GRAND JUNCTION, Colo. (AP) — It's a busy year, but a bear-able year so far, for Nanci Limbach's wildlife rehabilitation center southwest of Silt, where bringing up young bruins and getting them back where they belong can be a big part of the job.

But with several weeks left to go before bears go into hibernation and conflicts with people come to an end, she's waiting to see how the rest of the season plays out during a year when the animal's natural food sources have been less than bountiful and the temptation to seek out what humans eat can become great.

As of late September, the Pauline S. Schneegas Wildlife Foundation, named for the grandmother of Limbach, its founder and executive director, was caring for about a dozen bears at the main facility and more remote sites.

She's seen worse years — a couple of years ago the center had 26 bears in its care. But even a dozen can require a lot of time, not to mention food, from the bears' caretakers.

"We're just kind of used to it when it's a bad forage year and people are idiots — can I say that?"

Limbach has earned the right to say that after decades of working — for no salary — to deal with bear problems that often are of humans' making. That can be thanks to things like failure to secure food and garbage sources so bears stay in the woods rather than coming to town and finding trouble.

Her observation about less-than-wise human behavior also was inspired by recent news of a bear encounter involving people crowding a mama and her cubs in downtown Aspen. The gawkers obsessed about getting photos and video, with one woman reportedly even approaching the animals with her child in hand to get a selfie.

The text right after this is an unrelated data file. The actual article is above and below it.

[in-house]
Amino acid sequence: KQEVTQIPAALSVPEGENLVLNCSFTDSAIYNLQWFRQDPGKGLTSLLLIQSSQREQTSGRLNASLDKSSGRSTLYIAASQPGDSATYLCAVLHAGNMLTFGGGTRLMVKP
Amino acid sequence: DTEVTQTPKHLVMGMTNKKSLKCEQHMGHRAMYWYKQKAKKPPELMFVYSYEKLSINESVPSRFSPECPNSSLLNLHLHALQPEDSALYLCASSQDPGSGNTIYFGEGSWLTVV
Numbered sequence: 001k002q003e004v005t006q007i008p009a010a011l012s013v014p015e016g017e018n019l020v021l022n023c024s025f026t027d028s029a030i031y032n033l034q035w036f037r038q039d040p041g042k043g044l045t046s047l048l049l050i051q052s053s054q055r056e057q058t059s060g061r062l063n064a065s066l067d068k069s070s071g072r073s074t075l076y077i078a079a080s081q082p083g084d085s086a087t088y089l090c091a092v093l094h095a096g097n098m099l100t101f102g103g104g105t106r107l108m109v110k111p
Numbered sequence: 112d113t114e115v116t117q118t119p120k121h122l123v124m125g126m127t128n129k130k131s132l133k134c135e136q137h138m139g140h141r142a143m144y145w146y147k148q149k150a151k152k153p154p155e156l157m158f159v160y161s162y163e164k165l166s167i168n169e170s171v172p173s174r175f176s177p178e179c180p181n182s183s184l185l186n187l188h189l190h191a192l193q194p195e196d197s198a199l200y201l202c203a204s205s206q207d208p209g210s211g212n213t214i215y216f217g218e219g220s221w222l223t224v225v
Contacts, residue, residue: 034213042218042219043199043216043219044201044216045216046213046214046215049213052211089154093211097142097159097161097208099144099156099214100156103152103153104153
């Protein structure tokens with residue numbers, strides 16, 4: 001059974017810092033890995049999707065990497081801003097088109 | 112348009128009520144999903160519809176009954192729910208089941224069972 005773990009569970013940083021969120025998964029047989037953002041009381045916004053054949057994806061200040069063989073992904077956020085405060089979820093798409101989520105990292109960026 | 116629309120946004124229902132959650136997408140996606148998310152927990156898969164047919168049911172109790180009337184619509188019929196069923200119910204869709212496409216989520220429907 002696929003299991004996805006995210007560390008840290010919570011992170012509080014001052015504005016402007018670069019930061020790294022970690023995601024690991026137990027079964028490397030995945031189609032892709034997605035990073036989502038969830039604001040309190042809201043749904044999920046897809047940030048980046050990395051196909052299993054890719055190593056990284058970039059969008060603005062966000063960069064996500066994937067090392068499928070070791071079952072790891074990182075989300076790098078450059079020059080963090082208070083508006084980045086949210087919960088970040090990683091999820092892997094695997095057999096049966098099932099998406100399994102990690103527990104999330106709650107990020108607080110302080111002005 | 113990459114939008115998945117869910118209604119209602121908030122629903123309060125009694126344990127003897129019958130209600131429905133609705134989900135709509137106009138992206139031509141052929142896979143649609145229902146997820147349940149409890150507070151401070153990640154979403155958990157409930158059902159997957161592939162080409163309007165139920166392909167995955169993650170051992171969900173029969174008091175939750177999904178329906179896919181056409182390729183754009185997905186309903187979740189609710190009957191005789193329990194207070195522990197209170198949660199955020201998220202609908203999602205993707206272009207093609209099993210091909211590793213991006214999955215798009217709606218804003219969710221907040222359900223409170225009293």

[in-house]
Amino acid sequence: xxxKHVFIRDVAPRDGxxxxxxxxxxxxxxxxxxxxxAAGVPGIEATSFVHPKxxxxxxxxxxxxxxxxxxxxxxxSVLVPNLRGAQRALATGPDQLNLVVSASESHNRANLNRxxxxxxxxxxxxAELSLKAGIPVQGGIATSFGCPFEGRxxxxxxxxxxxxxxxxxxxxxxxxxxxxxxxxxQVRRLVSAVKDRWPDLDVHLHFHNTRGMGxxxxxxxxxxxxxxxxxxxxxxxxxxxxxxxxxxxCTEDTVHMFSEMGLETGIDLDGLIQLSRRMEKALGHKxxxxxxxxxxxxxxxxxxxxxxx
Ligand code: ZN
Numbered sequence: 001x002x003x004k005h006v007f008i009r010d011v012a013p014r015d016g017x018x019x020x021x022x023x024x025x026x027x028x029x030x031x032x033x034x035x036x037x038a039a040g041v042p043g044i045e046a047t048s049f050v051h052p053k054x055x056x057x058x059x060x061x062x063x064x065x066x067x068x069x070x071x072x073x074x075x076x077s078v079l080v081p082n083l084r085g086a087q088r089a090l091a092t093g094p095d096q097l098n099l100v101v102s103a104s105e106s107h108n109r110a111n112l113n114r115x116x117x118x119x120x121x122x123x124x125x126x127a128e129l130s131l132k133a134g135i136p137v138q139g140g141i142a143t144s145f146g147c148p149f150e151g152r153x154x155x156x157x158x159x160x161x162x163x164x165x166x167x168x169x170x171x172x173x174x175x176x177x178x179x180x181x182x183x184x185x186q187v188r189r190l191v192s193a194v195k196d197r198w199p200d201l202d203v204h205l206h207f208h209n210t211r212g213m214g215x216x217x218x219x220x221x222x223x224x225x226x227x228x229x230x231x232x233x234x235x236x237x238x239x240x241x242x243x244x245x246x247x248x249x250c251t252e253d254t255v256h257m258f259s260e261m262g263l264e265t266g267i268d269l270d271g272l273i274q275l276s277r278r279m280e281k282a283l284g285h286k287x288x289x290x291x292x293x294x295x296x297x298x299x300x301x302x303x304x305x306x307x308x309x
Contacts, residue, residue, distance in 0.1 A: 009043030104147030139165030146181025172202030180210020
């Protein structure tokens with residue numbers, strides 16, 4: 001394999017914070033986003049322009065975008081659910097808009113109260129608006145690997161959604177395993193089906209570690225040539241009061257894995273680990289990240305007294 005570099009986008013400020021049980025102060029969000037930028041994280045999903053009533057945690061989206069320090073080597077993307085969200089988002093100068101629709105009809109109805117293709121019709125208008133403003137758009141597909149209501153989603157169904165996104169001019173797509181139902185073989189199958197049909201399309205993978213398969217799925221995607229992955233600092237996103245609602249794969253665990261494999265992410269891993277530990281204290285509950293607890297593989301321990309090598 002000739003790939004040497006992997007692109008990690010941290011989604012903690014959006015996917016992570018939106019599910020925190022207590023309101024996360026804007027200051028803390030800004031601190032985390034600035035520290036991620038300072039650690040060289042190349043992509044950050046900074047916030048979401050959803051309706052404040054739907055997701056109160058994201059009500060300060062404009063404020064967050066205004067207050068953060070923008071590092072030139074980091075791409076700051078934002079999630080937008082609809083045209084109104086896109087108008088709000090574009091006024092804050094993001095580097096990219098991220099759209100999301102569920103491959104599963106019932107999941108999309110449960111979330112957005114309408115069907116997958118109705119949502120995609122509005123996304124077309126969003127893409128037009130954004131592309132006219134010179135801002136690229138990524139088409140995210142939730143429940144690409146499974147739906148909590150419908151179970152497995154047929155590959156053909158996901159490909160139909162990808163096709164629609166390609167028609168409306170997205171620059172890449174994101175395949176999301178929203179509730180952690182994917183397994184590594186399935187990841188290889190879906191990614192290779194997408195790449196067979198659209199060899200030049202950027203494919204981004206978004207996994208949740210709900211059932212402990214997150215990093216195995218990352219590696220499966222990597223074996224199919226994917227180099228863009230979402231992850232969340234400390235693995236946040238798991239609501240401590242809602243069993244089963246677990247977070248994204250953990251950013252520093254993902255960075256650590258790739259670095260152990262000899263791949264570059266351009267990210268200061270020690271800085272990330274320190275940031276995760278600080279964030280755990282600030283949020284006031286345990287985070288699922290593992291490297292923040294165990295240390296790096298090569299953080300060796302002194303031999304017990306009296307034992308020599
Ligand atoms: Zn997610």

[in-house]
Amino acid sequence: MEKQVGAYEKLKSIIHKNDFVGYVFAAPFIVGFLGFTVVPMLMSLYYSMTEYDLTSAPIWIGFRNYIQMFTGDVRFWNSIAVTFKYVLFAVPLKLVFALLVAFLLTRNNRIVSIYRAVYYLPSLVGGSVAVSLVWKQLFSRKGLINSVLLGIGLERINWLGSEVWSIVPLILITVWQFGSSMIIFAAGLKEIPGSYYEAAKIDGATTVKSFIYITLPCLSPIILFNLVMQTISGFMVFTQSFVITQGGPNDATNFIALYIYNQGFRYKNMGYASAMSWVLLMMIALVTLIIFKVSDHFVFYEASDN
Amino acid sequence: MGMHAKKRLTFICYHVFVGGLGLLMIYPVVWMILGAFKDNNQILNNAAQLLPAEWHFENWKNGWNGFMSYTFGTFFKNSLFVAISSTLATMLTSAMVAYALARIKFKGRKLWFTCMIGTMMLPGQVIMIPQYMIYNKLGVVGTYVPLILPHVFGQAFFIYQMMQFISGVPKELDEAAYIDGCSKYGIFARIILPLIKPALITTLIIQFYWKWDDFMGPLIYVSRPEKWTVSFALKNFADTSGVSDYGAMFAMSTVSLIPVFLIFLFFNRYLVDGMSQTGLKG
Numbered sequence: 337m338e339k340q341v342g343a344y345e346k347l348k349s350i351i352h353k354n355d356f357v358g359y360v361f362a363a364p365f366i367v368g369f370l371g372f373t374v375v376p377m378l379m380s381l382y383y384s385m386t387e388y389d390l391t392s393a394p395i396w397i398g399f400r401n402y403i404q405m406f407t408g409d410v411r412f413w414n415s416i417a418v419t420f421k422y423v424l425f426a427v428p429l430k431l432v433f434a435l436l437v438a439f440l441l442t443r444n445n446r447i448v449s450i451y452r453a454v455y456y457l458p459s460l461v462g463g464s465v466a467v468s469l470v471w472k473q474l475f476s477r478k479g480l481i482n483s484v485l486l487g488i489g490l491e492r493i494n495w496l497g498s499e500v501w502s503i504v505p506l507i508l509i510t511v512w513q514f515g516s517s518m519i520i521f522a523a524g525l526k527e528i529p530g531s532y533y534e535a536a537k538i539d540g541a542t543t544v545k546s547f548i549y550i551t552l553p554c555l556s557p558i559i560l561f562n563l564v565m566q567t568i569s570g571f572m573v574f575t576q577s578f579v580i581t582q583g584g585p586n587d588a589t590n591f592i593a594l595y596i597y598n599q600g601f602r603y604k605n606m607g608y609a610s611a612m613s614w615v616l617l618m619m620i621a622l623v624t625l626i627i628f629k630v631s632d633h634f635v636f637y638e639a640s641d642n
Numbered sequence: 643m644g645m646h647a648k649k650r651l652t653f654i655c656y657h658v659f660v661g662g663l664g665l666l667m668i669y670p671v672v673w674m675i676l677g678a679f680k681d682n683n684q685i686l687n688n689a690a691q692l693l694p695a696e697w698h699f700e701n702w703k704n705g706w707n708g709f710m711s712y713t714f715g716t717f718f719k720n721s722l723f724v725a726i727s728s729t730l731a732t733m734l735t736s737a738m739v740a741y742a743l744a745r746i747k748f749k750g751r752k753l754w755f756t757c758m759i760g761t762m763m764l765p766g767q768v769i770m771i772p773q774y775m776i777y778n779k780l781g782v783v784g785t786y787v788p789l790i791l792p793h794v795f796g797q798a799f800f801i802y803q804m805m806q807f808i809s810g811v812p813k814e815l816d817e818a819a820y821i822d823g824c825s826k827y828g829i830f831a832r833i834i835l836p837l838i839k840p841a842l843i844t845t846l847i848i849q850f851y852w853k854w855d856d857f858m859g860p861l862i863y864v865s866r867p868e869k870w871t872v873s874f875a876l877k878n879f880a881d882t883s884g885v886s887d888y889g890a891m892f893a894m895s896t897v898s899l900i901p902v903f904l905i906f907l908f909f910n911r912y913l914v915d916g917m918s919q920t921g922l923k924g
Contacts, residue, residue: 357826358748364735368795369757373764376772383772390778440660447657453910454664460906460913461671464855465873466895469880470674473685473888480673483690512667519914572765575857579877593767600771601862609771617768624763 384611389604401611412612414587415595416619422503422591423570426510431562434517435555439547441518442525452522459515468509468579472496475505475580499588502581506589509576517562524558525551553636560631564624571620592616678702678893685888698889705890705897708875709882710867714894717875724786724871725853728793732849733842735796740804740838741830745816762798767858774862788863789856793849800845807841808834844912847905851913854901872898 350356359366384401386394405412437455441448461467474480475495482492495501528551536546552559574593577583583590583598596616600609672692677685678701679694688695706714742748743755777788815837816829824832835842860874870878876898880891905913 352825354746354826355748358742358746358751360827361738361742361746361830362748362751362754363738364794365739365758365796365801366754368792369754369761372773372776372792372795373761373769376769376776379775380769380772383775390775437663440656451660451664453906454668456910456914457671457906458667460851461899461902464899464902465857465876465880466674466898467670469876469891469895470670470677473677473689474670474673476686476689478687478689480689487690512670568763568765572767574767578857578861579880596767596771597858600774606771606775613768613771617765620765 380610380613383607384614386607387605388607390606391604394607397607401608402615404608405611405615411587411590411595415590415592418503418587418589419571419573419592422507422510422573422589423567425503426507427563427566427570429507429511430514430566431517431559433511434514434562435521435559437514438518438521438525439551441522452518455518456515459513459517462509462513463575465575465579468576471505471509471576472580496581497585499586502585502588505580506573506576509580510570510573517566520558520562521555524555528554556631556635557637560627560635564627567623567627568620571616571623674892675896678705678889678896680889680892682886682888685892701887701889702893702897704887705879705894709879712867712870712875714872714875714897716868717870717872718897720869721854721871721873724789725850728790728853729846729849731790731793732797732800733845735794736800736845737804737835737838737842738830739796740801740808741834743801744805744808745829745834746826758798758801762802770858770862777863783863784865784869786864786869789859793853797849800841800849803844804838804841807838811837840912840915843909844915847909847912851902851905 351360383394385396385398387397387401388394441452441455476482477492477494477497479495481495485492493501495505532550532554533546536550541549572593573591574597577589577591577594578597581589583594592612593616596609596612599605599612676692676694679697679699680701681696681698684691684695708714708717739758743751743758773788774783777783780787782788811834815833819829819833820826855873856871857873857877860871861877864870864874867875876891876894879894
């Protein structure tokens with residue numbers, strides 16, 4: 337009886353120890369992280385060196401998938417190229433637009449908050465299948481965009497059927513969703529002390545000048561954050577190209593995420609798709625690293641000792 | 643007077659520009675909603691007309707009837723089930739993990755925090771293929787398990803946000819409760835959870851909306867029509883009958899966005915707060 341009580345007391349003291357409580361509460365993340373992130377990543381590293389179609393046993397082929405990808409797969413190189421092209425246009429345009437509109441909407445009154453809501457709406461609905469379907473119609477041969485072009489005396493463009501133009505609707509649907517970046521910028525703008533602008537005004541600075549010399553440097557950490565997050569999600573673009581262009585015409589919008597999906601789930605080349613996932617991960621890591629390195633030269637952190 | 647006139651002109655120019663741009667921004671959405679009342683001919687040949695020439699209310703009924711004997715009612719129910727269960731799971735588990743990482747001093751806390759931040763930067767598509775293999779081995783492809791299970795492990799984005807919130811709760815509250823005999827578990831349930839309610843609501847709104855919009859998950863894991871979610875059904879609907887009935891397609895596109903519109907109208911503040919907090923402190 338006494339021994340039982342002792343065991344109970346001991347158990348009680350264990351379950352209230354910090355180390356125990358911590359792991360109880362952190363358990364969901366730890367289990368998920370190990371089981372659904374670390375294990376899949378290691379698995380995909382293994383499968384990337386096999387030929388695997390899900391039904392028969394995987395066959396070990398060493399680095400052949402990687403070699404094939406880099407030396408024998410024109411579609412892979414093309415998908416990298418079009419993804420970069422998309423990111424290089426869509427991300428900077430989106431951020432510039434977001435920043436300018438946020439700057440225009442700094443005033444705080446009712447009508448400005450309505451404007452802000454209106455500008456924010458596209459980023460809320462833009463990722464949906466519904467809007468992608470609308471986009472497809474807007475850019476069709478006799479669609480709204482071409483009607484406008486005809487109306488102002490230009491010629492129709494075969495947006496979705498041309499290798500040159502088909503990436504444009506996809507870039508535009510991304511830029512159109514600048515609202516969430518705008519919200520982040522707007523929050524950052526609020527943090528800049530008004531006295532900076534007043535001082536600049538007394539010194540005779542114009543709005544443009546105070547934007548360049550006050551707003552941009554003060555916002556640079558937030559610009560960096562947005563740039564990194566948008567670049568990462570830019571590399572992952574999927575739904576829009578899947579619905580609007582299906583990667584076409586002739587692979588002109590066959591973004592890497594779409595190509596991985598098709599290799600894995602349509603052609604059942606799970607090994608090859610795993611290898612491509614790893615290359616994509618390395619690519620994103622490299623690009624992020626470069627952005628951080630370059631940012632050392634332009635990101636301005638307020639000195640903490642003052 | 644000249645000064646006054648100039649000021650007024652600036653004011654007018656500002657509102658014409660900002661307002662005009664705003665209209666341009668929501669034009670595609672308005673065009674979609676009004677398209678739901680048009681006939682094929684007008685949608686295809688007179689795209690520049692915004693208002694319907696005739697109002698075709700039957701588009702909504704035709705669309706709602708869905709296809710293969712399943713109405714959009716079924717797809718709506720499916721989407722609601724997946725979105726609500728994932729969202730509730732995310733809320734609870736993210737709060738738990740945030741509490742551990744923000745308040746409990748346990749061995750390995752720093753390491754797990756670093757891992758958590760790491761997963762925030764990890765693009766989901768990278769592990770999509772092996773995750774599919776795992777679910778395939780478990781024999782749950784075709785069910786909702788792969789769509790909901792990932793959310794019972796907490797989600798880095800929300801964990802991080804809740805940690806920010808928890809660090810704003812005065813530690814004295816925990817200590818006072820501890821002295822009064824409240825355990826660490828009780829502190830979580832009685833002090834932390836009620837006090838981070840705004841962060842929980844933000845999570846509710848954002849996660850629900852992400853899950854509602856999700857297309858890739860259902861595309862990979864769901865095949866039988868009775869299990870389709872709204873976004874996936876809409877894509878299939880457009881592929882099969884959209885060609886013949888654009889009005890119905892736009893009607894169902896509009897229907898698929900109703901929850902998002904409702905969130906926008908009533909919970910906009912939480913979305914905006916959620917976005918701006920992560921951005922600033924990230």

Human-bear encounters can be dangerous for humans, but generally even more so for bears. Colorado Parks and Wildlife personnel tag bears that cause problems, and typically euthanize them if they repeat such behavior. Even a first-time offending bear can end up having to be killed if agency officers feel it can't be rehabilitated or relocated, or poses an immediate threat.

FIFTY PUT DOWN IN REGION

Local CPW spokesman Mike Porras said this year "has been a very active bear year" in the CPW's northwest region.

An informal count he keeps shows that as of around the start of the month, CPW officers in the region had to kill 50 bears and move 35.

He said this year hasn't been as busy as 2014 as far as bear issues in the region, but generally speaking, bear-human conflicts have increased over the years, and it's important for the public to educate themselves about actions they can take to protect not only their families and neighbors, but the bears. That's because if bears get into garbage, birdseed and other human-related food sources, it can end up being a death sentence for them.

"It's our officers who have to carry out the execution," which can be the worst part of their jobs, Porras said.